Protest leaders have called for a nationwide worker strike on Monday against the government’s planned overhaul of the judicial system, an escalation in the demonstrations against the contentious proposals.
The protesters also called for a mass rally outside the Knesset in Jerusalem on Monday, and protests in other cities.
The strike is meant to coincide with the first rounds of voting on the legislation.
Protest organizers said dozens of organizations, including companies and civil society groups, have joined the planned strike.
“This is the most important struggle for the state — the struggle for the independence of Israel as a Jewish and democratic state,” protest organizers said.
“The State of Israel is in a leadership and political crisis, the likes of which we have not known since the declaration of independence,” said former defense minister Moshe Ya’alon, a prominent government opponent.
“Many citizens are anxious about the future of the state. Majority rule is not the tyranny of the majority, this legislative initiative is a regime coup,” Ya’alon said at a press conference.
“The government is criminal and illegal. A black flag flies above it,” said Ya’alon, calling on labor and other organizations to allow their workers to take part in the strike.
Labor MK Gilad Kariv on Monday called for worker strikes and mass protests, after coalition MK Simcha Rothman said the government will begin voting in committee on its plan to restructure the judiciary.
“We are coming to the movement of truth. The coalition of destruction and corruption will bring the legislation on appointing judges to a first reading [in the Knesset plenum] in the coming days,” Kariv said.
“This is the time to go from protests to strikes. In schools, in businesses, at cultural events. This is the time for demonstrations of a million citizens. This is the time for tens of thousands of people to come and demonstrate outside the Knesset on the day of the vote,” he said.
Rothman, who chairs the Constitution, Law and Justice Committee, told its members to prepare for initial votes on the legislation on Wednesday. The coalition aims to hold the first readings of the bills in the Knesset plenum as early as Monday. The bills would then return to committee for further preparation, then go back to the plenum for two more readings to become law.
The opposition could slow down the process by submitting reservations, and said it wants to bring in dozens more speakers to the committee.
Rothman also last week submitted legislation aimed at restricting the right of union members to launch labor strikes.
Tech sector workers on Tuesday took to the streets for a one-hour, mostly symbolic strike and protest against the government.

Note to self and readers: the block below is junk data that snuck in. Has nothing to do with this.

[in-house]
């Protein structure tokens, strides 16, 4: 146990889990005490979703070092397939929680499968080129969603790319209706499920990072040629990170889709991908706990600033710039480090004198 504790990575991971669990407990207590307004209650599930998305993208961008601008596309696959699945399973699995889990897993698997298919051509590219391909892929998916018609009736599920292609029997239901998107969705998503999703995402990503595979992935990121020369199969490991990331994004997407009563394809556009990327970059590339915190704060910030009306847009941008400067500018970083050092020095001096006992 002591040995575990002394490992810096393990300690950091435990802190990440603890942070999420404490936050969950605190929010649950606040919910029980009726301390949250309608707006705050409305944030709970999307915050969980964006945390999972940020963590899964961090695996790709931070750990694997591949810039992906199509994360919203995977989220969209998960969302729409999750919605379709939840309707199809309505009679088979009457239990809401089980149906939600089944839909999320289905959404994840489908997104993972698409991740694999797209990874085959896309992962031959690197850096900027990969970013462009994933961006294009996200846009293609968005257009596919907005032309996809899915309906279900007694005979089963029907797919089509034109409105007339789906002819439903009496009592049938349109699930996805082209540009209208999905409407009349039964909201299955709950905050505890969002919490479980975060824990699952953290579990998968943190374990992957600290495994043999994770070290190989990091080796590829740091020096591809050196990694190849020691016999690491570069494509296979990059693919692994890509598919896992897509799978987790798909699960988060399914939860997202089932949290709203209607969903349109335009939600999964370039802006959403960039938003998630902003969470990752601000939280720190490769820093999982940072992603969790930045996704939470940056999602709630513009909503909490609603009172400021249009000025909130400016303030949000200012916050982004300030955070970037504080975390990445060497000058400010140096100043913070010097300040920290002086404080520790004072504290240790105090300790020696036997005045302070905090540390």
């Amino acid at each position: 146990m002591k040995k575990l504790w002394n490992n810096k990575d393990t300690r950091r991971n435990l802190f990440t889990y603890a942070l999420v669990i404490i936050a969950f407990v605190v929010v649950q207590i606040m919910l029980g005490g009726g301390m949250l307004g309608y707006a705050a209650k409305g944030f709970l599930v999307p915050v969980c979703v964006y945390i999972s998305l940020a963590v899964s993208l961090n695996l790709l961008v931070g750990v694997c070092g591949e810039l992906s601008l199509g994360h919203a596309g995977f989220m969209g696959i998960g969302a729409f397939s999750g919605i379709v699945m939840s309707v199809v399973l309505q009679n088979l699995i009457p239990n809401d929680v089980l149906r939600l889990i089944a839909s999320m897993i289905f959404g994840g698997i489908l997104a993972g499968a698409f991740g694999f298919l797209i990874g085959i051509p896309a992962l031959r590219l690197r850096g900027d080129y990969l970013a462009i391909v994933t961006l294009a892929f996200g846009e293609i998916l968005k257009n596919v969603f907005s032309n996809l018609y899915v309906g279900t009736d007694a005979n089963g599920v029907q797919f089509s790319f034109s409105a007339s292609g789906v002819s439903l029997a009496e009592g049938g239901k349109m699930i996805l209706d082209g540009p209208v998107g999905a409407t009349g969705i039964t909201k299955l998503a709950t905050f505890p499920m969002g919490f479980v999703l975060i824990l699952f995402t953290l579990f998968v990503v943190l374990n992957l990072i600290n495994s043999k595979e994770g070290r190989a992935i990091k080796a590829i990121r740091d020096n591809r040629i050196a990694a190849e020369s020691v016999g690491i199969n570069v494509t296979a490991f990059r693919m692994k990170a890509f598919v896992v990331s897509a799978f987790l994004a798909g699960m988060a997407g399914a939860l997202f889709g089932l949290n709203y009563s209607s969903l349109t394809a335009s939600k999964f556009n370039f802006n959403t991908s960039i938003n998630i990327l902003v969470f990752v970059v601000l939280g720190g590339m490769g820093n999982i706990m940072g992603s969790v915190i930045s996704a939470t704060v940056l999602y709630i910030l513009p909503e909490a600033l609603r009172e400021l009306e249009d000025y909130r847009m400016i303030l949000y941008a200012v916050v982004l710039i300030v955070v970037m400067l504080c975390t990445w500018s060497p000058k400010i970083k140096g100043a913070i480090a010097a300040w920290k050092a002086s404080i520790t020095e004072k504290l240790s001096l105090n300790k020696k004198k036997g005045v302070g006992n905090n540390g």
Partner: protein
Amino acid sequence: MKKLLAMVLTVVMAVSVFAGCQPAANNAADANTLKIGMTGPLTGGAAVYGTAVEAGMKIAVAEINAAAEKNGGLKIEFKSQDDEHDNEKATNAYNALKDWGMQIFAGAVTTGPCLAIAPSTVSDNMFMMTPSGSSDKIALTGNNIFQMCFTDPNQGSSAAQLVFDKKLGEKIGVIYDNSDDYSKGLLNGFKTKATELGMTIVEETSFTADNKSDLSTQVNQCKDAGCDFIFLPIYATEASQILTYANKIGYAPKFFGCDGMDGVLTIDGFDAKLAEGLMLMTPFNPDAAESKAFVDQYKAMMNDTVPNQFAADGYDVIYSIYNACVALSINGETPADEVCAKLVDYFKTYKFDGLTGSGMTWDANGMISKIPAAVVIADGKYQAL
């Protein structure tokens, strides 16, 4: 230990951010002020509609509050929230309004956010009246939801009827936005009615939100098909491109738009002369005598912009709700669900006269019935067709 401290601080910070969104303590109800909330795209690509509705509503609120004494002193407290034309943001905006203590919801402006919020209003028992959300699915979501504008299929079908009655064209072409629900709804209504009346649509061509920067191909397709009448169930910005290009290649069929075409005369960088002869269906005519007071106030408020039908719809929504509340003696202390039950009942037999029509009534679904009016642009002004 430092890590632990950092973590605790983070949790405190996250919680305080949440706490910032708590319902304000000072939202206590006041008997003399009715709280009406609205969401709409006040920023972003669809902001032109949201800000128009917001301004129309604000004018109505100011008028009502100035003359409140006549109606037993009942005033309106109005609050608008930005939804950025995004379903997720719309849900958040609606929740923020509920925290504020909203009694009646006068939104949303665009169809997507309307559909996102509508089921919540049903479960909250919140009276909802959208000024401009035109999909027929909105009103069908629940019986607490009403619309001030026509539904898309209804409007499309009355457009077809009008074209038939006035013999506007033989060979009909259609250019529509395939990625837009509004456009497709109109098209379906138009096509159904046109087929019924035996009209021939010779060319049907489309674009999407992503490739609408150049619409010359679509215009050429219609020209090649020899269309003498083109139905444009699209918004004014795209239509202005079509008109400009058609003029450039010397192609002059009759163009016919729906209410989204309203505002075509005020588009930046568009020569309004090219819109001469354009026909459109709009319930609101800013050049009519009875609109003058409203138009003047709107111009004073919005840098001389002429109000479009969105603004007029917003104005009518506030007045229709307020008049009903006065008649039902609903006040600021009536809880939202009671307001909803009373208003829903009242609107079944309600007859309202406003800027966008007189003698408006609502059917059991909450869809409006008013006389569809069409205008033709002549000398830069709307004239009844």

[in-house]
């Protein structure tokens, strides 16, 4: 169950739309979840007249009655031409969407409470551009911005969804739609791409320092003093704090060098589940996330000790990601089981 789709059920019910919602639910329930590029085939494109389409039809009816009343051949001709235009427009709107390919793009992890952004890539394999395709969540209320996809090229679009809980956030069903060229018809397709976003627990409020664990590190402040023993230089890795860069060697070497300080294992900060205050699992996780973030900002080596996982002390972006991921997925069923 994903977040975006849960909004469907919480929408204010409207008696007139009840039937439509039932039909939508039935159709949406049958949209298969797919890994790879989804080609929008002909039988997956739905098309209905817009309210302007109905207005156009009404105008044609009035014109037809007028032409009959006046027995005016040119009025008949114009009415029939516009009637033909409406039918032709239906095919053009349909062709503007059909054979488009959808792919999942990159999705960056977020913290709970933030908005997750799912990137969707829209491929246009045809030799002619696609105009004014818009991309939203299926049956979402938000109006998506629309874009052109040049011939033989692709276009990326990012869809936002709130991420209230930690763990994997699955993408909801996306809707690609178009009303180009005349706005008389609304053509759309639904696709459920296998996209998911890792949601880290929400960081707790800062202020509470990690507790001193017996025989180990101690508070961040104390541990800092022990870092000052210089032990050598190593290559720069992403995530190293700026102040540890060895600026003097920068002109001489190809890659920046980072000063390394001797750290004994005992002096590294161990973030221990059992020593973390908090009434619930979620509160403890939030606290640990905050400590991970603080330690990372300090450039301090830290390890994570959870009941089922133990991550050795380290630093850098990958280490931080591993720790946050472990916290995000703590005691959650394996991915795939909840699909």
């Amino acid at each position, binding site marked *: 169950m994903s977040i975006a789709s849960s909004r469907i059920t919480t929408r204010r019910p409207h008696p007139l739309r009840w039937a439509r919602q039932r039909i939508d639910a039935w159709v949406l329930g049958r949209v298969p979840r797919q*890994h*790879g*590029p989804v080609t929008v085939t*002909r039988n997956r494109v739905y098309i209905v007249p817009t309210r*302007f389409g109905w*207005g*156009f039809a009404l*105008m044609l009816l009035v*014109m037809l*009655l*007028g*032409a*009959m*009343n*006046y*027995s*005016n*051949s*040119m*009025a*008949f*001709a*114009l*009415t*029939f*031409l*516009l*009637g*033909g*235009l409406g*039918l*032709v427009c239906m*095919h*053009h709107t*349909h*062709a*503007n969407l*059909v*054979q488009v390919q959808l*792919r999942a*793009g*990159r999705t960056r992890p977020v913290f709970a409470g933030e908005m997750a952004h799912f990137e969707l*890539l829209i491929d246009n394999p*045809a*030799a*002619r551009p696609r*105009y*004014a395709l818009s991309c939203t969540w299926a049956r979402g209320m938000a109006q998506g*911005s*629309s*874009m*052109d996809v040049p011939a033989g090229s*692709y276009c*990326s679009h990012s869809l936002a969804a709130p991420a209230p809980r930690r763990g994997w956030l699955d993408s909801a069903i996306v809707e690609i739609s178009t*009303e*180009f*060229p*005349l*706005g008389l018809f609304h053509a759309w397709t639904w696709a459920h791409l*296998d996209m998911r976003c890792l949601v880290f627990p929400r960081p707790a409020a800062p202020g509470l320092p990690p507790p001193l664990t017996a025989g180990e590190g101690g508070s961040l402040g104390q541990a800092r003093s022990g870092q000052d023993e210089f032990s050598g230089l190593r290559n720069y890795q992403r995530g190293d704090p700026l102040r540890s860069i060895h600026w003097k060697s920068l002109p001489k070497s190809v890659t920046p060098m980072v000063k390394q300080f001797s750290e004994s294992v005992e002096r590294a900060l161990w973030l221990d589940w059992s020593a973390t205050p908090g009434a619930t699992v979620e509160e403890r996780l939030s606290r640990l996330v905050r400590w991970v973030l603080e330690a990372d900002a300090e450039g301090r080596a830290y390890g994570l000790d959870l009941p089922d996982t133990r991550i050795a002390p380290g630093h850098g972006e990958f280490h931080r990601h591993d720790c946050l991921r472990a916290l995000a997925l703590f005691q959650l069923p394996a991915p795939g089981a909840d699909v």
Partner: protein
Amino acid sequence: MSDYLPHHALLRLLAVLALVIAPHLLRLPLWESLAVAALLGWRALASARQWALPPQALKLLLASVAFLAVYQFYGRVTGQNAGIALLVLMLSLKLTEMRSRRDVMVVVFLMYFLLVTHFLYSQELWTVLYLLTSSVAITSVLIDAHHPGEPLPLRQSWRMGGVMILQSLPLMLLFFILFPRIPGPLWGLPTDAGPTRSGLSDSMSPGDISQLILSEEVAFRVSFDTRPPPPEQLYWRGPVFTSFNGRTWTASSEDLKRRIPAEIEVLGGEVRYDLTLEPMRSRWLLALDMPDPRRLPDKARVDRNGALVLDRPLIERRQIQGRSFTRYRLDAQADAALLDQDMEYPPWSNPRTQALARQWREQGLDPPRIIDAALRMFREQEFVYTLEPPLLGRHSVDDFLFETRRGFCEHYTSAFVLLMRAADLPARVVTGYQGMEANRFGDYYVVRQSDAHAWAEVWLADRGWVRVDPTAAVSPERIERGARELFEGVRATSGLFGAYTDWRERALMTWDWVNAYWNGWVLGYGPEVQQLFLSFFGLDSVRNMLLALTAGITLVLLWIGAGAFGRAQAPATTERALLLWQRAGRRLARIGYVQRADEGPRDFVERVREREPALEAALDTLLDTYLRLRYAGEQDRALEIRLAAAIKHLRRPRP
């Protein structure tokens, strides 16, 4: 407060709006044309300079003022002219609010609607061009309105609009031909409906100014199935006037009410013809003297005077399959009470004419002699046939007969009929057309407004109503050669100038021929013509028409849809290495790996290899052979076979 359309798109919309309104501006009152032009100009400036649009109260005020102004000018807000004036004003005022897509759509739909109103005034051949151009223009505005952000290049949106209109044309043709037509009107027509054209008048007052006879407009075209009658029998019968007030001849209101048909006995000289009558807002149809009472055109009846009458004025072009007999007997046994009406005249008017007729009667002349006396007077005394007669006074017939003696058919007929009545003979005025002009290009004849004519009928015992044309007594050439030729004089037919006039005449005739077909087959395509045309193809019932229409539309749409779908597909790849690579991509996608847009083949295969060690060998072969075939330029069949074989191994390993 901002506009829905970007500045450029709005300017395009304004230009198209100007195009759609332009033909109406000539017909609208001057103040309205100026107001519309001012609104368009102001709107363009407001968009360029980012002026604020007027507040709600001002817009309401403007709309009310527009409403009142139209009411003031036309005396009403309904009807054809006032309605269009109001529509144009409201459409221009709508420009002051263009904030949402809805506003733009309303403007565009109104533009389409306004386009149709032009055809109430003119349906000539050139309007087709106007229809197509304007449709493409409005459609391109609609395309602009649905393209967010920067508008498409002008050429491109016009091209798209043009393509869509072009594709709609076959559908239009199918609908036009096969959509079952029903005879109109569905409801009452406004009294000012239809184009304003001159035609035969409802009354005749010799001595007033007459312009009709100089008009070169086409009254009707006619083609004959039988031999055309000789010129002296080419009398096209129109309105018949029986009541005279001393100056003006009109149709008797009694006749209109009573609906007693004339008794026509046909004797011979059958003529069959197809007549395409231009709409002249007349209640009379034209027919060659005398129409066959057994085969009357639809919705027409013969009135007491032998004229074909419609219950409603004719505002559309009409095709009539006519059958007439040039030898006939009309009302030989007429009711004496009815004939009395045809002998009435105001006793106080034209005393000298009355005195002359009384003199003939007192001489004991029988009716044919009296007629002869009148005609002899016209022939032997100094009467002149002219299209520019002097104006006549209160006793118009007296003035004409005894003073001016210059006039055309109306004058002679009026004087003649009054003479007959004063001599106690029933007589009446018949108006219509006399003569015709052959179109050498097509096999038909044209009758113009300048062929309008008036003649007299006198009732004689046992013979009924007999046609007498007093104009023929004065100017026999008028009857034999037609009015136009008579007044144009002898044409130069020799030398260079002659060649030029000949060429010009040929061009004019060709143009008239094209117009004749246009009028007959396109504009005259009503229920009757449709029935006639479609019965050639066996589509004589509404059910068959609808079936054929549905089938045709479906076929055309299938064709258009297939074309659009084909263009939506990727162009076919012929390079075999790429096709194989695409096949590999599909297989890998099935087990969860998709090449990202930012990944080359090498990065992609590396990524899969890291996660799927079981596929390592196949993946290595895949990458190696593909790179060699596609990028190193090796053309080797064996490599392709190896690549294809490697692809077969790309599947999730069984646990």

On Saturday, tens of thousands of Israelis rallied at an anti-government protest for the fifth week in a row.
Lawmakers will first vote on parts of the legislation that deal with the composition of the judicial selection committee and bar the High Court of Justice from exercising judicial review over Basic Laws.
This means that the remaining aspects of the overall makeover will likely be split off and advanced separately. The other parts of the legislation include the proposals to severely restrict the High Court’s power of judicial review over legislation, allow the Knesset to override a High Court decision to strike down legislation, make legislation immune from judicial review at the beginning of the legislative process, and prevent the court from using the principle of reasonableness to assess administrative decisions by the government and other state agencies.
The legislation is being passed as an amendment to the Basic Law: Judiciary, with the coalition aiming to assert that the High Court would not be able to strike it down in the likely event that petitions are filed to the court against it.
The Netanyahu coalition has prioritized the dramatic judicial restructuring that would increase government control over the judiciary. Critics say that along with other planned legislation, the sweeping reforms will impact Israel’s democratic character by upsetting its system of checks and balances, granting almost all power to the executive branch, and leaving individual rights unprotected and minorities undefended.
The plan has drawn intense criticism and warnings from leading financial and legal experts, as well as the weekly protests and public petitions by various officials, professionals, and private companies.
Netanyahu has pushed back against the criticism, saying that the proposals would strengthen rather than weaken democracy, and that his government was carrying out the will of the people.